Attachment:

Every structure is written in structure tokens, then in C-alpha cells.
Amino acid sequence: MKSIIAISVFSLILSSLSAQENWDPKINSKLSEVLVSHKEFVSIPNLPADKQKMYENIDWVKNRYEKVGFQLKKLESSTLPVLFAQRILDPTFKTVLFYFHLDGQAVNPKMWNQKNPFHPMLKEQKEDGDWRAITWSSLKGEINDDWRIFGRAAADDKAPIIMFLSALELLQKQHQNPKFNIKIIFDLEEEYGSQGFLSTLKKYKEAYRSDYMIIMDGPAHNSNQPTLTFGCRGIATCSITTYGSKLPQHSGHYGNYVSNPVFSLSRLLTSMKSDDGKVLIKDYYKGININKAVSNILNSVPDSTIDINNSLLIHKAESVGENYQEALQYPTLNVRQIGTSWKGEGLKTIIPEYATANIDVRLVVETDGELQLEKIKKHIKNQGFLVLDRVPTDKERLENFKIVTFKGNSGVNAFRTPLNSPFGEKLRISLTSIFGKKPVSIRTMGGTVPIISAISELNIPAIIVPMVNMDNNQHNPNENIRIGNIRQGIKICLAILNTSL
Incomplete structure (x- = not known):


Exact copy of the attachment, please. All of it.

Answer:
Every structure is written in structure tokens, then in C-alpha cells.
Amino acid sequence: MKSIIAISVFSLILSSLSAQENWDPKINSKLSEVLVSHKEFVSIPNLPADKQKMYENIDWVKNRYEKVGFQLKKLESSTLPVLFAQRILDPTFKTVLFYFHLDGQAVNPKMWNQKNPFHPMLKEQKEDGDWRAITWSSLKGEINDDWRIFGRAAADDKAPIIMFLSALELLQKQHQNPKFNIKIIFDLEEEYGSQGFLSTLKKYKEAYRSDYMIIMDGPAHNSNQPTLTFGCRGIATCSITTYGSKLPQHSGHYGNYVSNPVFSLSRLLTSMKSDDGKVLIKDYYKGININKAVSNILNSVPDSTIDINNSLLIHKAESVGENYQEALQYPTLNVRQIGTSWKGEGLKTIIPEYATANIDVRLVVETDGELQLEKIKKHIKNQGFLVLDRVPTDKERLENFKIVTFKGNSGVNAFRTPLNSPFGEKLRISLTSIFGKKPVSIRTMGGTVPIISAISELNIPAIIVPMVNMDNNQHNPNENIRIGNIRQGIKICLAILNTSL
Incomplete structure (x- = not known):